POIPU — Friends of Mahaulepu has launched a signature drive in hopes that newly elected Gov. David Ige will take notice of community concerns surrounding Hawaii Dairy Farms’ proposed dairy in Mahaulepu.
“We have a big problem on Kauai,” FOM writes in its petition. “Our letters to Gov. (Neil) Abercrombie remain unanswered.”
The signature drive, which kicked off during an event New Year’s Eve at Poipu Beach Park, comes one month after HDF was awarded building permits for its proposed $17.5 million, 578-acre dairy in the Mahaulepu Valley and agreed to conduct a voluntary Environmental Impact Statement in response to public outcry.
FOM group member Bridget Hammerquist said she is happy HDF has agreed to move forward with an EIS. She said a true study will only confirm the validity of the concerns.
“I have to hope,” she said Wednesday of whether she expects a response from Ige. “At some level, someone is going to sit up and take notice before irreparable harm is done.”
FOM plans to deliver the signatures to the governor later this month. Hammerquist said she is shooting for at least 1,000.
Among those who signed Wednesday was Oregon resident Jeff Griffin, who spent the previous day exploring Mahaulepu Beach with his wife and two sons.
“It’s beautiful,” he said. “It’s the best beach we’ve found here. It’s gorgeous.”
Griffin was walking by the group’s setup when he noticed a picture of the area he and his family had visited the day before. After reading through the letter, Griffin said he found the dairy proposal to be a terrible idea and that money and resources should be spent on more sustainable endeavors.
“Do it somewhere else,” he said. “Find another location that doesn’t have all those natural, cultural resources. They’re put to risk with that facility.”
In addition to outlining potential environmental threats and the cultural significance of the area, the two paragraph petition addresses Hawaii’s Public Trust Doctrine and the responsibility of public officials to preserve state resources — specifically water — for present and future generations.
As part of its lease with HDF, landowner Grove Farm Company has agree to provide the dairy with water from the Waita Reservoir. However, FOM argues that water belongs to the people of Kauai and that Grove Farm has no right to promise it as part of the lease.
“It’s not really theirs to sell,” Hammerquist said of the water from Waita. “And I think the Supreme Court decided that in the Kauai Springs case rather clearly.”
In February, the state Supreme Court sided with the County of Kauai by striking down a 2008 Circuit Court ruling that the Kauai Planning Commission “exceeded its jurisdiction” in denying Kauai Springs, Inc., a Koloa-based water bottling and distribution company, permits for its operation. It has been called a landmark decision for Hawaii’s Public Trust Doctrine.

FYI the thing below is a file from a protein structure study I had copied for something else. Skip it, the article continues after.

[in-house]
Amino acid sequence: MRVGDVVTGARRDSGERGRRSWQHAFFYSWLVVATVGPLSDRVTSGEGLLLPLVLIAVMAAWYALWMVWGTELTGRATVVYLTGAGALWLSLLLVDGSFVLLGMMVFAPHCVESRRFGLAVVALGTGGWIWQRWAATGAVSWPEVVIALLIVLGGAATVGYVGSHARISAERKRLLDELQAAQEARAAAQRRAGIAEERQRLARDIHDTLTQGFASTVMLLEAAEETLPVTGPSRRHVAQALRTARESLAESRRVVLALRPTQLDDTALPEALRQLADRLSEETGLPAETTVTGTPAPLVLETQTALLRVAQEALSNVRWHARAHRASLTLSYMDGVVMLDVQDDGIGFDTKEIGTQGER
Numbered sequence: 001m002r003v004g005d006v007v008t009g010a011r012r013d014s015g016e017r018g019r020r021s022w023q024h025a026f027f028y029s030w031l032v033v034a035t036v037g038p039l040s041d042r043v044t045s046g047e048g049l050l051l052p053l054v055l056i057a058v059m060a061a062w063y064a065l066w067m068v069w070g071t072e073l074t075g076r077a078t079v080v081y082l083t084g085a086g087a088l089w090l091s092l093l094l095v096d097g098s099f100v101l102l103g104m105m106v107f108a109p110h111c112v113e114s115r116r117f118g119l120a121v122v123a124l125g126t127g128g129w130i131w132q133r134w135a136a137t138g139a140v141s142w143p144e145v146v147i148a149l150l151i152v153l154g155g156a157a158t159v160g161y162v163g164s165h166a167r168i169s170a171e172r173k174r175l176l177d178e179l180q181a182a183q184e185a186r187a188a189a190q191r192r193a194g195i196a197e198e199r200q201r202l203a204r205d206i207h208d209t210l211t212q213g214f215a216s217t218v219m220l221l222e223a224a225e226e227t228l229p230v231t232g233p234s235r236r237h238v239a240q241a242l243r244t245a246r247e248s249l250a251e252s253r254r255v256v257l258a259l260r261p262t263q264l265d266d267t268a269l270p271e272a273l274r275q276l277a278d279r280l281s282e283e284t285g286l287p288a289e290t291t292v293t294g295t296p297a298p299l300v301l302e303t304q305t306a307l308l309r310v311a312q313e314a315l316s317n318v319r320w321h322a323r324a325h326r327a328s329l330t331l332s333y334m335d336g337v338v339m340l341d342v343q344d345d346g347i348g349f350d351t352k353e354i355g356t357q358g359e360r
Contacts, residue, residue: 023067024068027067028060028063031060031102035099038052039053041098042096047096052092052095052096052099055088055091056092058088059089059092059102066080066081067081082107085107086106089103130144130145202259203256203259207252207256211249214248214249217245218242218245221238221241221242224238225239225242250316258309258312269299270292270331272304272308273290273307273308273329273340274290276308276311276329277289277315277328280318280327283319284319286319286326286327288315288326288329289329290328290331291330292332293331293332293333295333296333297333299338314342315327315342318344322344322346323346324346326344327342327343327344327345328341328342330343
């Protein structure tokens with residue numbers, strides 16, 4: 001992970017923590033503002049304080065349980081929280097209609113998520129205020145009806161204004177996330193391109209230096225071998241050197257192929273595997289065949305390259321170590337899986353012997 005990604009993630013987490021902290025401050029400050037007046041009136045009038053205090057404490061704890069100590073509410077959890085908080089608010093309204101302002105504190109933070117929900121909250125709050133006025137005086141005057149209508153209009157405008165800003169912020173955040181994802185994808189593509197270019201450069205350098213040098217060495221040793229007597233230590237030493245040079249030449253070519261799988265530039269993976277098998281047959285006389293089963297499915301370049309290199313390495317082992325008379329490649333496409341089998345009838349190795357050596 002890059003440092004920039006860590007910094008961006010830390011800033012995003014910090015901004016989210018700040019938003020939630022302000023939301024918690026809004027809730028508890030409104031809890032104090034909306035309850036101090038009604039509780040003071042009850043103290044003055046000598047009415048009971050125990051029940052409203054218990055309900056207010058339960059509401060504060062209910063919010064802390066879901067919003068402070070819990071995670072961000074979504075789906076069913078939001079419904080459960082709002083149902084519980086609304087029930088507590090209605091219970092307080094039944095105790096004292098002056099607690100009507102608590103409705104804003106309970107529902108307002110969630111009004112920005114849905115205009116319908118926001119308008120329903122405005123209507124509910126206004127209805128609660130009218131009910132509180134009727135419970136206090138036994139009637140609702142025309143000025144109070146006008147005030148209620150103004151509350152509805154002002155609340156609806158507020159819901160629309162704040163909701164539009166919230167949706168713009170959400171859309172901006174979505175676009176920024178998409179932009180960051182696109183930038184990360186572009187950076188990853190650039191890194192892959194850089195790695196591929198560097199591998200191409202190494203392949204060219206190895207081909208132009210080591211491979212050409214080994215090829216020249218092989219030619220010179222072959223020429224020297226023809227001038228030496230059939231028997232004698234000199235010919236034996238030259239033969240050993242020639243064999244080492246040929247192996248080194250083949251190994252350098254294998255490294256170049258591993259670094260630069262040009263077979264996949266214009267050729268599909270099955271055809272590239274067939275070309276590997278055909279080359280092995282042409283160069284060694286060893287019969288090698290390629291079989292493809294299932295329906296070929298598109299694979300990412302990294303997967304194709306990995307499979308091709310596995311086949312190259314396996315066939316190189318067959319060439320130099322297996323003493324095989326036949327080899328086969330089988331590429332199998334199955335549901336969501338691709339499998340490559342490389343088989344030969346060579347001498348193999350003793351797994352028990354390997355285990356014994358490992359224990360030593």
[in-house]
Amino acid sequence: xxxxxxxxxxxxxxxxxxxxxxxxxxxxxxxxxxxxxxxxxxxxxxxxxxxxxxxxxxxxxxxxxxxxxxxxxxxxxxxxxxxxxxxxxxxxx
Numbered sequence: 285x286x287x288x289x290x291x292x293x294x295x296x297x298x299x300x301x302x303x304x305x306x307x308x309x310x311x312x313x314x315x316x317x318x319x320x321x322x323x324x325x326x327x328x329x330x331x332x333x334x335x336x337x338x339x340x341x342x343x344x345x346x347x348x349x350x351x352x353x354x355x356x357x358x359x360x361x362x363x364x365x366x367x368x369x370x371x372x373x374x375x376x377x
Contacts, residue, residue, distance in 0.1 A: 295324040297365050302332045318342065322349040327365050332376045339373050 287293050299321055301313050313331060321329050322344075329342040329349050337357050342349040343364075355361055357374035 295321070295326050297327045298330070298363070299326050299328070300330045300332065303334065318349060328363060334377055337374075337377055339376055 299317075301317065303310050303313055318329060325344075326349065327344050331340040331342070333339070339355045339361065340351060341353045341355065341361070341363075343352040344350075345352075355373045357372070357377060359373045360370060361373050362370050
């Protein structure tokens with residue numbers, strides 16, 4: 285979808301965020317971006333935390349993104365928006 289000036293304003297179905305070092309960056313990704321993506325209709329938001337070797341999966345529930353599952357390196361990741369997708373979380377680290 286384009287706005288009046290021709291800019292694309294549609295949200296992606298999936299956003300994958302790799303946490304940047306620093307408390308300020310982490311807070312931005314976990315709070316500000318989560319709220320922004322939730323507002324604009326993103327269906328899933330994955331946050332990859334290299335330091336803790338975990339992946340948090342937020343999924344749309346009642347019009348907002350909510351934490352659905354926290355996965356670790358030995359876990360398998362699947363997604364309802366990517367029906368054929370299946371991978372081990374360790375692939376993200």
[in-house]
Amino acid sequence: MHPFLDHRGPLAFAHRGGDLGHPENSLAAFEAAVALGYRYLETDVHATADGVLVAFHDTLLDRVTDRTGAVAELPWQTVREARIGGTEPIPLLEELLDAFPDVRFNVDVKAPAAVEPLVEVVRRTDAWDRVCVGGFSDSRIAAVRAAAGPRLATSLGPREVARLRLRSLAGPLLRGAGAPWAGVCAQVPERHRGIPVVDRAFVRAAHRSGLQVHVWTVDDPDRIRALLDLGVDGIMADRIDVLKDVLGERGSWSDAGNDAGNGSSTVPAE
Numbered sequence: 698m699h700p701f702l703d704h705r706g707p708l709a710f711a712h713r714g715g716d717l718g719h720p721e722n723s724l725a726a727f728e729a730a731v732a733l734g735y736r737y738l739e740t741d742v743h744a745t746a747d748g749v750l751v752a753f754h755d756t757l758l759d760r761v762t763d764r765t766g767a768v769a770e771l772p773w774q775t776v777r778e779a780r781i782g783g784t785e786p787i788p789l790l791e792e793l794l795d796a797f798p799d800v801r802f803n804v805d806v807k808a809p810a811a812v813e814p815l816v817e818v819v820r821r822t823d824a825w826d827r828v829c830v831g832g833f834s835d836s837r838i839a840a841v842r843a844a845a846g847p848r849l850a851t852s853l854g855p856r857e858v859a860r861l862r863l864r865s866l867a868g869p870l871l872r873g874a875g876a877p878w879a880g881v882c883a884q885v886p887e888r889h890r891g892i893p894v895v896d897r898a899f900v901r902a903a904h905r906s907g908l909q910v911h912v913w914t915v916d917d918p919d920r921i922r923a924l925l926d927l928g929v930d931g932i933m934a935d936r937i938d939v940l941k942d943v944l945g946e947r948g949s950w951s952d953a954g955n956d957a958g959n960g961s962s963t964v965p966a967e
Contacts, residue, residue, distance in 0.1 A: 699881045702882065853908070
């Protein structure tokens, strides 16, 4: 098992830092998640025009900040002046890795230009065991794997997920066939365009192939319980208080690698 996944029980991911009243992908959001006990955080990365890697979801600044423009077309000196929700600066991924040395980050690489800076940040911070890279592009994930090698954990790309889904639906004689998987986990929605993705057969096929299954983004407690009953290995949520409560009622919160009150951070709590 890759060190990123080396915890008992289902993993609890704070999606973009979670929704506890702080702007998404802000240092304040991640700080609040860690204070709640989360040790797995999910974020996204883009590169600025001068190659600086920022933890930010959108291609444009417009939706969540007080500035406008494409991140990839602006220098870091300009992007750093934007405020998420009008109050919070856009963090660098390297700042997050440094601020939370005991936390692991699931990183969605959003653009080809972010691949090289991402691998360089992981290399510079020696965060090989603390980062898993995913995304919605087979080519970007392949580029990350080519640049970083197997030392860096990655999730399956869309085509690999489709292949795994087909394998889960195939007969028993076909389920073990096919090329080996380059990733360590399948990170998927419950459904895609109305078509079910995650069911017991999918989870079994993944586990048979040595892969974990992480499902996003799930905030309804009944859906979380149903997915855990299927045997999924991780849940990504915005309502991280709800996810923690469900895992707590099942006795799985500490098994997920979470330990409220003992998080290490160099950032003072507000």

In an email Tuesday, Grove Farm spokeswoman Marissa Sandblom said Waita Reservoir was built over a century ago to allow Koloa Plantation to expand sugar cultivation to dry lands at Pa’a and Weliweli. Recognizing that the Koloa area did not have its own rich water resources, Waita was developed to support agriculture in the region and was completed in 1906, she said.
“Grove Farm has maintained its water systems for many decades,” Sandblom wrote. “As a result, Waita Reservoir continues to serve numerous farming tenants in the region, such as the Haraguchi taro farm, as well as the Poipu Bay Golf Course and the Makauwahi Cave Reserve.”
As for the group’s petition drive, Sandblom said the Poipu Beach Resort Association spent a lot of time organizing the New Year’s Eve festivities taking place the same night at the same park and that it was “unfortunate that an activist group seems to be trying to use it for their own means.”
“Families are expecting to enjoy a fun and relaxing event to help ring in the New Year and we are hopeful that people will respect that,” she wrote.
Hawaii Dairy Farms did not respond to The Garden Island’s request for comment.
Hammerquist said the latest drive is separate from the group’s online petition in opposition of the dairy, which has garnered over 600 signatures. The idea, she said, is to step up the ongoing effort.
“We’re trying. We’re trying to be heard,” she said. “We don’t want to be the little island in the north that becomes their waste dump for a product that they make here and take elsewhere and leave the waste behind.”
California resident Benjamin Orozco also signed the petition.
“These people are trying to help preserve what’s left of the island,” he said. “It’s a good cause, because it’s a pretty island still.”
In its letter, FOM is asking Ige to protect and preserve the waters integral to Native Hawaiian customs — limu gathering, sustenance fishing and more — and to care for the historic site.
“HDF must not be permitted to operate a dairy in Mahaulepu,” the group wrote.
HDF is working with Honolulu-based Group 70 International on the EIS process, the same firm that’s been helping HDF with its plans for the farm. The process is expected to take between six and nine months, according to Hennessey. Once complete, HDF will submit the study to DOH for approval.
In July, the same month that Kawailoa Development, LLP, owner of the nearby Grand Hyatt Kauai Resort and Spa and the Poipu Bay Golf Course, filed suit against HDF in 5th Circuit Court, the dairy announced it would gradually phase in its operations over several months, beginning with between 650 and 699 cows and eventually reaching the initial 2,000.
Chris D’Angelo, environment writer, can be reached at 245-0441 or email@example.com.